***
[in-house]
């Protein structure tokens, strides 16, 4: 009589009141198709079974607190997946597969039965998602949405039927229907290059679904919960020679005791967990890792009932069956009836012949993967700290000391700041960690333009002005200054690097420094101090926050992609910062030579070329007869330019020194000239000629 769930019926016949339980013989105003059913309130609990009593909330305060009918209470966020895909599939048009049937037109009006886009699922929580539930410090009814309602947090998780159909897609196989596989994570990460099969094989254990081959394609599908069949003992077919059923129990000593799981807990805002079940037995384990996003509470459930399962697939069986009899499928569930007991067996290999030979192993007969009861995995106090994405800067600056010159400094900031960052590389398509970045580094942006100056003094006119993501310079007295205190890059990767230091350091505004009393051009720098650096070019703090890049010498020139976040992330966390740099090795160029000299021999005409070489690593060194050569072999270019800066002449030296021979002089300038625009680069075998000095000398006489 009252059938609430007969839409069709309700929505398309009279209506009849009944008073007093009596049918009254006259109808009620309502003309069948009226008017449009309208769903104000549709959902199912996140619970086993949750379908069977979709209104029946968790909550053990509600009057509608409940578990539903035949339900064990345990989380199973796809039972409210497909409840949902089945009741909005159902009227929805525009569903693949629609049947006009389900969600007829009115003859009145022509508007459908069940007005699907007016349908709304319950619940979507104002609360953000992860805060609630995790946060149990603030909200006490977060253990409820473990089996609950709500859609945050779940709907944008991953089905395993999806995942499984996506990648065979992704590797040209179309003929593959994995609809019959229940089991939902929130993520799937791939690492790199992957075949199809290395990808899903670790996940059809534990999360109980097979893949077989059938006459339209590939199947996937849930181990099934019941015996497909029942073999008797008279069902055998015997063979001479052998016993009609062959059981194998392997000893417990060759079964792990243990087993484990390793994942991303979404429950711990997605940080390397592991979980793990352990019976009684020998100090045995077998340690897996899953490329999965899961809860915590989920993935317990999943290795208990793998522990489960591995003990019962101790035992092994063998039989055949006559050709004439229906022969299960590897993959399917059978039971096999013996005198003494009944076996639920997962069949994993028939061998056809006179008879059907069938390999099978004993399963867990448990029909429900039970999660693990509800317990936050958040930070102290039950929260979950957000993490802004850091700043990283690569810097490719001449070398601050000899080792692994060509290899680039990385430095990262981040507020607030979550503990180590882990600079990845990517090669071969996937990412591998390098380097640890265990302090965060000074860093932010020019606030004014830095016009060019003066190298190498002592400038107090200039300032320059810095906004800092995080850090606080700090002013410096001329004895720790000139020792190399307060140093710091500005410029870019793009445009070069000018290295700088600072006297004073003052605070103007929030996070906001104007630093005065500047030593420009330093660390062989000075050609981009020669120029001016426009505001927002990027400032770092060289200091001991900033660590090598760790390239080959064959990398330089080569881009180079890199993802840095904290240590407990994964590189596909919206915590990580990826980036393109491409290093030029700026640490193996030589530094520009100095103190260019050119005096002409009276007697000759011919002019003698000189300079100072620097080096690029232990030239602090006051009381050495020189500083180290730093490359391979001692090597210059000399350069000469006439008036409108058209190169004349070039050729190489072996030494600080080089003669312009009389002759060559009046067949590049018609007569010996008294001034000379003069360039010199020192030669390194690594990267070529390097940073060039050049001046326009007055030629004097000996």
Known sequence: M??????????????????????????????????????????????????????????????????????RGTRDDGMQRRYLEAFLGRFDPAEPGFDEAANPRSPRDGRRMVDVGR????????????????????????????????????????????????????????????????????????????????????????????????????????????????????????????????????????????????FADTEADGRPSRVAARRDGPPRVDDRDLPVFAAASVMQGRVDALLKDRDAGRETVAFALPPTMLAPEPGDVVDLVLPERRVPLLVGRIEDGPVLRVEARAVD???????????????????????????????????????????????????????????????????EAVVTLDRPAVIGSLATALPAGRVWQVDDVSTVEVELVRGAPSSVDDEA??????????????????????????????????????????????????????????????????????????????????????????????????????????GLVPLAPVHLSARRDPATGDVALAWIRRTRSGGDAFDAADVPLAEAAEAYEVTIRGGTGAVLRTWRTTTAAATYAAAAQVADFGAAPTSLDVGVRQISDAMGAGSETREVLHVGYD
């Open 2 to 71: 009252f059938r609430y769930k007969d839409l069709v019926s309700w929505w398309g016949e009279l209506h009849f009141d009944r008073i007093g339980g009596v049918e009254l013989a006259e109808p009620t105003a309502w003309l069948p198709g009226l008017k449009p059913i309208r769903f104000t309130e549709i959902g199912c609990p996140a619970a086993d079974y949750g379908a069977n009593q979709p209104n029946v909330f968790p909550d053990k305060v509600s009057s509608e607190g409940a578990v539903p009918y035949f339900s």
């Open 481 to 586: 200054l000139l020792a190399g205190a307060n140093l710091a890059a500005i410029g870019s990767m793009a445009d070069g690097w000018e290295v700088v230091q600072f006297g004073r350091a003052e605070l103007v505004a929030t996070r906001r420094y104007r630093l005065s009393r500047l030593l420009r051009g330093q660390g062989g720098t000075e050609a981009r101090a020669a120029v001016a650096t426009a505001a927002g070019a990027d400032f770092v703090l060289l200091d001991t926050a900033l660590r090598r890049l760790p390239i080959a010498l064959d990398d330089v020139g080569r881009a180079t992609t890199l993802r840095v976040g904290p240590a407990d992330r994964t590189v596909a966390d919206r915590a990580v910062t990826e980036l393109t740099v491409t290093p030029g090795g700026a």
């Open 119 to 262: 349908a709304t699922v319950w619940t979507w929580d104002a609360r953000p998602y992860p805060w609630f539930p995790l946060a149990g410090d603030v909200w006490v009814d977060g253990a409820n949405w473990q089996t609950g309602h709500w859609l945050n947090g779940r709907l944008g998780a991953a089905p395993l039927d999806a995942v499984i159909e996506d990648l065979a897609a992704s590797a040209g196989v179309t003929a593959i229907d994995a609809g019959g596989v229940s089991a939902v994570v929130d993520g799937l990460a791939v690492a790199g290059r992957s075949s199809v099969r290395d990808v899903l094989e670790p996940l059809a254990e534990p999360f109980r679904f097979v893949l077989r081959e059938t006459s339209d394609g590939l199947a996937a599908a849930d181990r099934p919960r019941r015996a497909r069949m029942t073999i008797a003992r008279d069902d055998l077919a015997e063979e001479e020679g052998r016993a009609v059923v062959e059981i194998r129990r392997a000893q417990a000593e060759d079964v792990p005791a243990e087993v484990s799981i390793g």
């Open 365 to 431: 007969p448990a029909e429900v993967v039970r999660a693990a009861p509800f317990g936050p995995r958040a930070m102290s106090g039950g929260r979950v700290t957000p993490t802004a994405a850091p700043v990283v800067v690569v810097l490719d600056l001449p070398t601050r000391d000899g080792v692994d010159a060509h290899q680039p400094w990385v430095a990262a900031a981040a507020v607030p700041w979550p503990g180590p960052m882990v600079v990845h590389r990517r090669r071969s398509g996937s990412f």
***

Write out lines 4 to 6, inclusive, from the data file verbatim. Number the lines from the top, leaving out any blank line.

């Open 2 to 71: 009252f059938r609430y769930k007969d839409l069709v019926s309700w929505w398309g016949e009279l209506h009849f009141d009944r008073i007093g339980g009596v049918e009254l013989a006259e109808p009620t105003a309502w003309l069948p198709g009226l008017k449009p059913i309208r769903f104000t309130e549709i959902g199912c609990p996140a619970a086993d079974y949750g379908a069977n009593q979709p209104n029946v909330f968790p909550d053990k305060v509600s009057s509608e607190g409940a578990v539903p009918y035949f339900s």
């Open 481 to 586: 200054l000139l020792a190399g205190a307060n140093l710091a890059a500005i410029g870019s990767m793009a445009d070069g690097w000018e290295v700088v230091q600072f006297g004073r350091a003052e605070l103007v505004a929030t996070r906001r420094y104007r630093l005065s009393r500047l030593l420009r051009g330093q660390g062989g720098t000075e050609a981009r101090a020669a120029v001016a650096t426009a505001a927002g070019a990027d400032f770092v703090l060289l200091d001991t926050a900033l660590r090598r890049l760790p390239i080959a010498l064959d990398d330089v020139g080569r881009a180079t992609t890199l993802r840095v976040g904290p240590a407990d992330r994964t590189v596909a966390d919206r915590a990580v910062t990826e980036l393109t740099v491409t290093p030029g090795g700026a």
């Open 119 to 262: 349908a709304t699922v319950w619940t979507w929580d104002a609360r953000p998602y992860p805060w609630f539930p995790l946060a149990g410090d603030v909200w006490v009814d977060g253990a409820n949405w473990q089996t609950g309602h709500w859609l945050n947090g779940r709907l944008g998780a991953a089905p395993l039927d999806a995942v499984i159909e996506d990648l065979a897609a992704s590797a040209g196989v179309t003929a593959i229907d994995a609809g019959g596989v229940s089991a939902v994570v929130d993520g799937l990460a791939v690492a790199g290059r992957s075949s199809v099969r290395d990808v899903l094989e670790p996940l059809a254990e534990p999360f109980r679904f097979v893949l077989r081959e059938t006459s339209d394609g590939l199947a996937a599908a849930d181990r099934p919960r019941r015996a497909r069949m029942t073999i008797a003992r008279d069902d055998l077919a015997e063979e001479e020679g052998r016993a009609v059923v062959e059981i194998r129990r392997a000893q417990a000593e060759d079964v792990p005791a243990e087993v484990s799981i390793g």